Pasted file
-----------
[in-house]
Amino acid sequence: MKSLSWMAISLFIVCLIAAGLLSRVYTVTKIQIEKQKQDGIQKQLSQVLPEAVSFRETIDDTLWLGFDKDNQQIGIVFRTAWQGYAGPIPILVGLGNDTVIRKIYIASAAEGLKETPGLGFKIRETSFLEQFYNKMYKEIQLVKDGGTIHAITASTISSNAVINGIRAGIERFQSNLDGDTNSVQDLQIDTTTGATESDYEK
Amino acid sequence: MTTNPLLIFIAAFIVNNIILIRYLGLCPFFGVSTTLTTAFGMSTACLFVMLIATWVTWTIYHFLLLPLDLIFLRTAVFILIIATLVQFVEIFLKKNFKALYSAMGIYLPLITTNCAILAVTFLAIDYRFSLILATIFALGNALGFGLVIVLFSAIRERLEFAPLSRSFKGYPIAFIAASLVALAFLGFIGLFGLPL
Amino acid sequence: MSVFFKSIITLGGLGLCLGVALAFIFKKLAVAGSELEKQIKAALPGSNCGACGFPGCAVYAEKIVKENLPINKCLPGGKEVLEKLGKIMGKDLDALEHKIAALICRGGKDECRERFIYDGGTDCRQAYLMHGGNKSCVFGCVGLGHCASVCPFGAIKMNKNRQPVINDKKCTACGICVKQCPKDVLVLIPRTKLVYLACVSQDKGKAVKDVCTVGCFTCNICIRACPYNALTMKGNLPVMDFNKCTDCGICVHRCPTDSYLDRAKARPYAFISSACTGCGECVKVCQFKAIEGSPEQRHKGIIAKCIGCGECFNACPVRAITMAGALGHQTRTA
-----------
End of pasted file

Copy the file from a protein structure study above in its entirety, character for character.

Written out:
[in-house]
Amino acid sequence: MKSLSWMAISLFIVCLIAAGLLSRVYTVTKIQIEKQKQDGIQKQLSQVLPEAVSFRETIDDTLWLGFDKDNQQIGIVFRTAWQGYAGPIPILVGLGNDTVIRKIYIASAAEGLKETPGLGFKIRETSFLEQFYNKMYKEIQLVKDGGTIHAITASTISSNAVINGIRAGIERFQSNLDGDTNSVQDLQIDTTTGATESDYEK
Amino acid sequence: MTTNPLLIFIAAFIVNNIILIRYLGLCPFFGVSTTLTTAFGMSTACLFVMLIATWVTWTIYHFLLLPLDLIFLRTAVFILIIATLVQFVEIFLKKNFKALYSAMGIYLPLITTNCAILAVTFLAIDYRFSLILATIFALGNALGFGLVIVLFSAIRERLEFAPLSRSFKGYPIAFIAASLVALAFLGFIGLFGLPL
Amino acid sequence: MSVFFKSIITLGGLGLCLGVALAFIFKKLAVAGSELEKQIKAALPGSNCGACGFPGCAVYAEKIVKENLPINKCLPGGKEVLEKLGKIMGKDLDALEHKIAALICRGGKDECRERFIYDGGTDCRQAYLMHGGNKSCVFGCVGLGHCASVCPFGAIKMNKNRQPVINDKKCTACGICVKQCPKDVLVLIPRTKLVYLACVSQDKGKAVKDVCTVGCFTCNICIRACPYNALTMKGNLPVMDFNKCTDCGICVHRCPTDSYLDRAKARPYAFISSACTGCGECVKVCQFKAIEGSPEQRHKGIIAKCIGCGECFNACPVRAITMAGALGHQTRTA